By Pamela Largue
A new report from the International Energy Agency (IEA) shows interest in new hydrogen projects continues to grow, however, the sector needs a great deal more policy and investment support.
According to the report, Global Hydrogen Review 2023, the installed capacity of low-emissions hydrogen remains low as developers wait for government support before making investments.
As such, low-emissions hydrogen still accounts for less than 1% of overall hydrogen production and use.
The report points to several challenges hindering sector progress, as well as the need for greater efforts to encourage uptake and build momentum in the wake of the global energy crisis.
The report highlights that new projects are facing supply chain disruptions, rising costs and high inflation, which are affecting the entire hydrogen value chain, driving up financing costs for developers and reducing the impact of government support.
These factors compound the already high upfront costs associated with equipment manufacturing, construction and installation.
Besides cost, the report shows that efforts to stimulate demand for low-emissions hydrogen are lagging behind what is needed to meet climate ambitions.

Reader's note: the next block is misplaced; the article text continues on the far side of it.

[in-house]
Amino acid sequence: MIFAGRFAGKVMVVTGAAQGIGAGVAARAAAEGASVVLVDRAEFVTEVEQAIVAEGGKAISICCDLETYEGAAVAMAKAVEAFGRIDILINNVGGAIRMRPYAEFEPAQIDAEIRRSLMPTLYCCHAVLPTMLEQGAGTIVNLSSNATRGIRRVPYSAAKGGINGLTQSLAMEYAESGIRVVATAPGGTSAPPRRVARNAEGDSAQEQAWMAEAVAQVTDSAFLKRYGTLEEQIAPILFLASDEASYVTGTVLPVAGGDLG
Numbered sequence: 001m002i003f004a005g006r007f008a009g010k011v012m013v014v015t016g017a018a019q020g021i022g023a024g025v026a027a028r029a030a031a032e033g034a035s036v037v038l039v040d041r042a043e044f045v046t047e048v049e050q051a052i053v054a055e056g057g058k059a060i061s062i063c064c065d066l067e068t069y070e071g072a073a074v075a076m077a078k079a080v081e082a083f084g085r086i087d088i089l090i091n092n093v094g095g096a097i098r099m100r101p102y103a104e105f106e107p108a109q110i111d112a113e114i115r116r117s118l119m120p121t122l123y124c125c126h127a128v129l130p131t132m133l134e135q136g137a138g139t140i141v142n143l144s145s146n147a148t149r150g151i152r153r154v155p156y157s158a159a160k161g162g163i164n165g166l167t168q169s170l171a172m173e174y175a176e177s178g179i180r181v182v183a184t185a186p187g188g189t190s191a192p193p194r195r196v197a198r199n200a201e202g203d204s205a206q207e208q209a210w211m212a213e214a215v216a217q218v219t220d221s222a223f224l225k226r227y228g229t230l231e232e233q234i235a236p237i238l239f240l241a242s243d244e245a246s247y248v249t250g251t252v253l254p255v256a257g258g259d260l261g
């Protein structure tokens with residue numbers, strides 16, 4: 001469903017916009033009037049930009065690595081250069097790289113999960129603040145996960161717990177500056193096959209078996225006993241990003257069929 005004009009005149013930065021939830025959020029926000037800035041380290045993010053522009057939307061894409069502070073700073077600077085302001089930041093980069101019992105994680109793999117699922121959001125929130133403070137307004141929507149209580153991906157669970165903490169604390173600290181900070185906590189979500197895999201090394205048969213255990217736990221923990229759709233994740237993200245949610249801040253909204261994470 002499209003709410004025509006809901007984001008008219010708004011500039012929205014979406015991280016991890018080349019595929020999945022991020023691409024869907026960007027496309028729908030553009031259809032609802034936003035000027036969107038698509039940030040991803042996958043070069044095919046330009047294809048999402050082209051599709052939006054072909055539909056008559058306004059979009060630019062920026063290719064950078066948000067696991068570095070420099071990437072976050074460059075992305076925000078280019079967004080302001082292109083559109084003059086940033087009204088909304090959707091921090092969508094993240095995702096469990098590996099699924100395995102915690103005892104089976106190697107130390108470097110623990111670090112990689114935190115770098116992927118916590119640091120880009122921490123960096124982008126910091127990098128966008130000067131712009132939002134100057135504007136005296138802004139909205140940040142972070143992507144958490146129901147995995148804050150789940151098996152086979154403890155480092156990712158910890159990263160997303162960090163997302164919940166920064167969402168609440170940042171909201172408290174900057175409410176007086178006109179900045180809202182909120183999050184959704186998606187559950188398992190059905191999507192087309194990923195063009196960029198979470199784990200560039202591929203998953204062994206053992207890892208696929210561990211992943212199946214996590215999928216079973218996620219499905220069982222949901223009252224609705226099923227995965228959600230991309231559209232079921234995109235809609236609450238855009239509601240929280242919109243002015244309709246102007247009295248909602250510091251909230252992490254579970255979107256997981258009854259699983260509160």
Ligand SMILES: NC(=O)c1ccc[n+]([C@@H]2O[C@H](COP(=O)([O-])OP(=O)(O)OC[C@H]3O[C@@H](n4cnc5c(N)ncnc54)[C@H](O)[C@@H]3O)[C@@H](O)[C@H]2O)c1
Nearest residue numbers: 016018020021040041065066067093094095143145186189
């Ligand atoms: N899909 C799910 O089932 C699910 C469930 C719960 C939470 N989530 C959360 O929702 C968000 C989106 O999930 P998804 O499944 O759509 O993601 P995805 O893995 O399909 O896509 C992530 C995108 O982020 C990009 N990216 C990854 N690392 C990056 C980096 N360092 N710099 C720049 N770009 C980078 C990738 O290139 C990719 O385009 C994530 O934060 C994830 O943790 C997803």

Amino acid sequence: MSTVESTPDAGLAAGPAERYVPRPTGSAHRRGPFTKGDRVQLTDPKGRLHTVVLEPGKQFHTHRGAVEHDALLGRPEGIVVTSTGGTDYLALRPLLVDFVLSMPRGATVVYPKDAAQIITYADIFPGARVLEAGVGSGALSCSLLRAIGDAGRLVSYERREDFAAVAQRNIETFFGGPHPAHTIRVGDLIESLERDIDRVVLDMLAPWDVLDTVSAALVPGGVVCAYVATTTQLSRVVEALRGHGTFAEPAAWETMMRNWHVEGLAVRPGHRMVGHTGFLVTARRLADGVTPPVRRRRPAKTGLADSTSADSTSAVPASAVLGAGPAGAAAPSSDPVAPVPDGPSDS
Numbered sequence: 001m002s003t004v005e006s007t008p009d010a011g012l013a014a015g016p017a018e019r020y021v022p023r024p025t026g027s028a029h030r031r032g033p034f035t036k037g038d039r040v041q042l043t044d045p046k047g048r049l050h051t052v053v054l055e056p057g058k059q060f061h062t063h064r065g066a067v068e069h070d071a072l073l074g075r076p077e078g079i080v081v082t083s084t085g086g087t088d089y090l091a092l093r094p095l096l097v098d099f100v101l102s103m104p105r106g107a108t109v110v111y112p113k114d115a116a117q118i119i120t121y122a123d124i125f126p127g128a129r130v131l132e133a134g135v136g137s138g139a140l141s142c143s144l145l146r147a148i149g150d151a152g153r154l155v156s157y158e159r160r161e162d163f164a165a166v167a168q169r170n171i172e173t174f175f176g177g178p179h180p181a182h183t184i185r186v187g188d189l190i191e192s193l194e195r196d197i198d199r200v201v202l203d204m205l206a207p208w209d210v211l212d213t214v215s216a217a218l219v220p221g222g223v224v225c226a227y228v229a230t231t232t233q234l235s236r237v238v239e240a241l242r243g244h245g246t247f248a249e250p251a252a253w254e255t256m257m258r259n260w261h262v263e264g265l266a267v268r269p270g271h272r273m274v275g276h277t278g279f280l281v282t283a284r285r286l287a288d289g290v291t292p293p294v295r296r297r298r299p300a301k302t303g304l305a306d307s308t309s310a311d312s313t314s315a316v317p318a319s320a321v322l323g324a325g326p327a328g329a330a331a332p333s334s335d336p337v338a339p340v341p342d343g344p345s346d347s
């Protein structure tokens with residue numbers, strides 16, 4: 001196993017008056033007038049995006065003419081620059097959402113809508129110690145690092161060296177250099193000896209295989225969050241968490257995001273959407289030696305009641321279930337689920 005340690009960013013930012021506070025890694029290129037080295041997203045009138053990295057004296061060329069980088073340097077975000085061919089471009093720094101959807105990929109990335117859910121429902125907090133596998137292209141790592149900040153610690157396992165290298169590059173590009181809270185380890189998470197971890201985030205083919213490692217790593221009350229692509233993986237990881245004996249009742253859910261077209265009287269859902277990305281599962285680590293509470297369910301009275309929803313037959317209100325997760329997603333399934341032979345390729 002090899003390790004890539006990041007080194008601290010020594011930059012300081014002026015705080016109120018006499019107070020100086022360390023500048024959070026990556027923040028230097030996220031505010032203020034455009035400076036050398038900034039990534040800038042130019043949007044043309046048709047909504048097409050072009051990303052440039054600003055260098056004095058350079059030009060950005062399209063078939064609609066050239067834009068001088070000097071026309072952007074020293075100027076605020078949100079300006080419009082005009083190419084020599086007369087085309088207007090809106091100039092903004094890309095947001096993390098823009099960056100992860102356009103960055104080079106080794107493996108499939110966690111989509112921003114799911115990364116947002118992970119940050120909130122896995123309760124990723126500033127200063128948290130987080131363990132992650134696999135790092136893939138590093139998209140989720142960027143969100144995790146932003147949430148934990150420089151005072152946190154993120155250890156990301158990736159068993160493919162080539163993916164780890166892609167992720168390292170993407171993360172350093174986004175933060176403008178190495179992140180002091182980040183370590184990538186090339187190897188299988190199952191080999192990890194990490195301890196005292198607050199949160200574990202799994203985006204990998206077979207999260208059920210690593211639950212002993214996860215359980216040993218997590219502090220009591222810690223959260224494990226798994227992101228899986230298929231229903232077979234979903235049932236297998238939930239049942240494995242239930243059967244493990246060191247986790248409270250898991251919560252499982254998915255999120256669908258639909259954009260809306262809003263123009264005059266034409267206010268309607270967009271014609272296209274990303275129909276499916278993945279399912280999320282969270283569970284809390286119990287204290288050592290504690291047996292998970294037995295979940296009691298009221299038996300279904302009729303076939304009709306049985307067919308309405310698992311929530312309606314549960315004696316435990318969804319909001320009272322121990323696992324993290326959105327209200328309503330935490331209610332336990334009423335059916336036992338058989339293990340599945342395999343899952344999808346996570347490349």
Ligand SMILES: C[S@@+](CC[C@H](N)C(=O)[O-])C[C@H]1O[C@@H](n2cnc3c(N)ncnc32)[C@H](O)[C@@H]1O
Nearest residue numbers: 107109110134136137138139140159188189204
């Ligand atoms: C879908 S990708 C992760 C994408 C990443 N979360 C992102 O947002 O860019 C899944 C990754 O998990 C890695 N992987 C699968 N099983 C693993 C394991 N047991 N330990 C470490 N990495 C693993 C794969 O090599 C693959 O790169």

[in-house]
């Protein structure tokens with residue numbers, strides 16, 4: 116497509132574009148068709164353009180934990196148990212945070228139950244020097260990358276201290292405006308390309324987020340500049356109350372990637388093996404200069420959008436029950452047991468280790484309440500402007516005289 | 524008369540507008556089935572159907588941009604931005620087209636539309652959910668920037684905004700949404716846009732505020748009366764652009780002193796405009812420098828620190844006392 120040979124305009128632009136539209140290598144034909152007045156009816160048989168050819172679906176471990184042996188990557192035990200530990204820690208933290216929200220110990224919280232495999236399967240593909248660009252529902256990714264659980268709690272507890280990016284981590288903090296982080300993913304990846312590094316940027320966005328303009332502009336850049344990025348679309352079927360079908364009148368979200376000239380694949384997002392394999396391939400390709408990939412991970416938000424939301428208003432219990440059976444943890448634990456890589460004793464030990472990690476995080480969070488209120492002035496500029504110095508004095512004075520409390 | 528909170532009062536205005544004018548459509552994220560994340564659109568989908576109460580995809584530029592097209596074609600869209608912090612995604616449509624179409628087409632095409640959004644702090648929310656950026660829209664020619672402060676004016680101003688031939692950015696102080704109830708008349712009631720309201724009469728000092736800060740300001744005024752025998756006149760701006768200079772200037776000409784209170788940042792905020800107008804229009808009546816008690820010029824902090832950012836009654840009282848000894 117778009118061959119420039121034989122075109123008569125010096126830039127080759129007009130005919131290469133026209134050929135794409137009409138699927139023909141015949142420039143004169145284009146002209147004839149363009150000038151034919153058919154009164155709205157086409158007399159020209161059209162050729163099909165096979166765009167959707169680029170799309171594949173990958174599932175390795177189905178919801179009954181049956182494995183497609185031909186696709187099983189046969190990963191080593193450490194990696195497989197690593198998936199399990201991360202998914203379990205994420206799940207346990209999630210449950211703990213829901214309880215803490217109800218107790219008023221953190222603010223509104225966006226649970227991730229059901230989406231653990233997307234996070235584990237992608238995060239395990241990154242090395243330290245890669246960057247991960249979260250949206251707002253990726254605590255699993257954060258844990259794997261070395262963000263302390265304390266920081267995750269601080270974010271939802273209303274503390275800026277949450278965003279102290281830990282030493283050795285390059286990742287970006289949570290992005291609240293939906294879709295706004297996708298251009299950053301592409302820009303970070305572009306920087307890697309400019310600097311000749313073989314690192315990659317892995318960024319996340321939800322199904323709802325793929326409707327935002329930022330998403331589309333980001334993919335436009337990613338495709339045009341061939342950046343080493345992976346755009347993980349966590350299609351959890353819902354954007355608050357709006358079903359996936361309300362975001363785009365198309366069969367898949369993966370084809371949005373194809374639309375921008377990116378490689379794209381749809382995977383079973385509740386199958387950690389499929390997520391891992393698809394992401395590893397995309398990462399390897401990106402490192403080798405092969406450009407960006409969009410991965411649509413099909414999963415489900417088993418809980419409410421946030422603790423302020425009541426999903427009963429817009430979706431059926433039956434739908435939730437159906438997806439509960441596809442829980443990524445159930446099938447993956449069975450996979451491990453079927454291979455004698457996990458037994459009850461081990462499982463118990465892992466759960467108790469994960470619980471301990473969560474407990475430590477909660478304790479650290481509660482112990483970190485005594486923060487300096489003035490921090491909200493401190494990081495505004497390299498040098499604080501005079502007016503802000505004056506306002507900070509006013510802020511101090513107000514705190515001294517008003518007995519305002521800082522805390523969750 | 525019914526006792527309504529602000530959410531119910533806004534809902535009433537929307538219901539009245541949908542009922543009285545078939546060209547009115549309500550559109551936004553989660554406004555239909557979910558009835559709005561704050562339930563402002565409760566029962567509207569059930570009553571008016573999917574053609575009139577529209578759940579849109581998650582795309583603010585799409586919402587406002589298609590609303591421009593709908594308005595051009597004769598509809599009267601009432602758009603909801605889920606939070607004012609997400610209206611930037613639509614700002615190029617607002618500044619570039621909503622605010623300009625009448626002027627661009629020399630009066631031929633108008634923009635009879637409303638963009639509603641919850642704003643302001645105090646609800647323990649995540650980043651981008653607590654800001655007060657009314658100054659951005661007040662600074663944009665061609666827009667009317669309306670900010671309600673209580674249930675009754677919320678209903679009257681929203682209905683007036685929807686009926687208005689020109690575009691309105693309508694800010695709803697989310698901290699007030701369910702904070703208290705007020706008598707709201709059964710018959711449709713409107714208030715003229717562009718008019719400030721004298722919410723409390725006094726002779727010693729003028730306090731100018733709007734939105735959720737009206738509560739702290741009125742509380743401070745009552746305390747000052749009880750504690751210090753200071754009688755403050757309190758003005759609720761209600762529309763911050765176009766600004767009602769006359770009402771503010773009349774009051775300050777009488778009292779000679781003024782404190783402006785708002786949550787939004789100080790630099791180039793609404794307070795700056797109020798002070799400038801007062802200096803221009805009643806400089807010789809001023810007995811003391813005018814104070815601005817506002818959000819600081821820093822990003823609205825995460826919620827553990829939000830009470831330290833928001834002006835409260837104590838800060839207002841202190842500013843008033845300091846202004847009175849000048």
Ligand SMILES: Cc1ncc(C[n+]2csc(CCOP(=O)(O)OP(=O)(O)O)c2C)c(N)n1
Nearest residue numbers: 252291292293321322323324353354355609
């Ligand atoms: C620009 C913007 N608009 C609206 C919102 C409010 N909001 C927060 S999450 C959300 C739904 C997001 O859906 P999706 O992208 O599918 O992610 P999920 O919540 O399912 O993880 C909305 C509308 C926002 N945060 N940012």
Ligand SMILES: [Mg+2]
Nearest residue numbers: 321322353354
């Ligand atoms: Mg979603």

Country commitments and government targets show a lack of attention to hydrogen demand creation, states the report, with government targets for creating demand accounting for just 14 million metric tons, only half of which is focused on existing hydrogen uses.
“We have seen incredible momentum behind low-emissions hydrogen projects in recent years, which could have an important role to play in energy-intensive sectors such as chemicals, refining and steel,” said IEA Executive Director Fatih Birol.
“But a challenging economic environment will now test the resolve of hydrogen developers and policymakers to follow through on planned projects. Greater progress is needed on technology, regulation and demand creation to ensure low-emissions hydrogen can realize its full potential.”
The way forward for hydrogen projects
However, to maximize these opportunities, lengthy time lags between policy announcements and implementation must be addressed to prevent project delays.
The IEA recommends effective delivery of support schemes, bolder action to stimulate demand, and addressing market barriers such as licensing and permitting. Moreover, establishing international markets in hydrogen requires cooperation to develop common standards, regulations and certifications.
Originally published by Power Engineering International
This post appeared first on Power Engineering.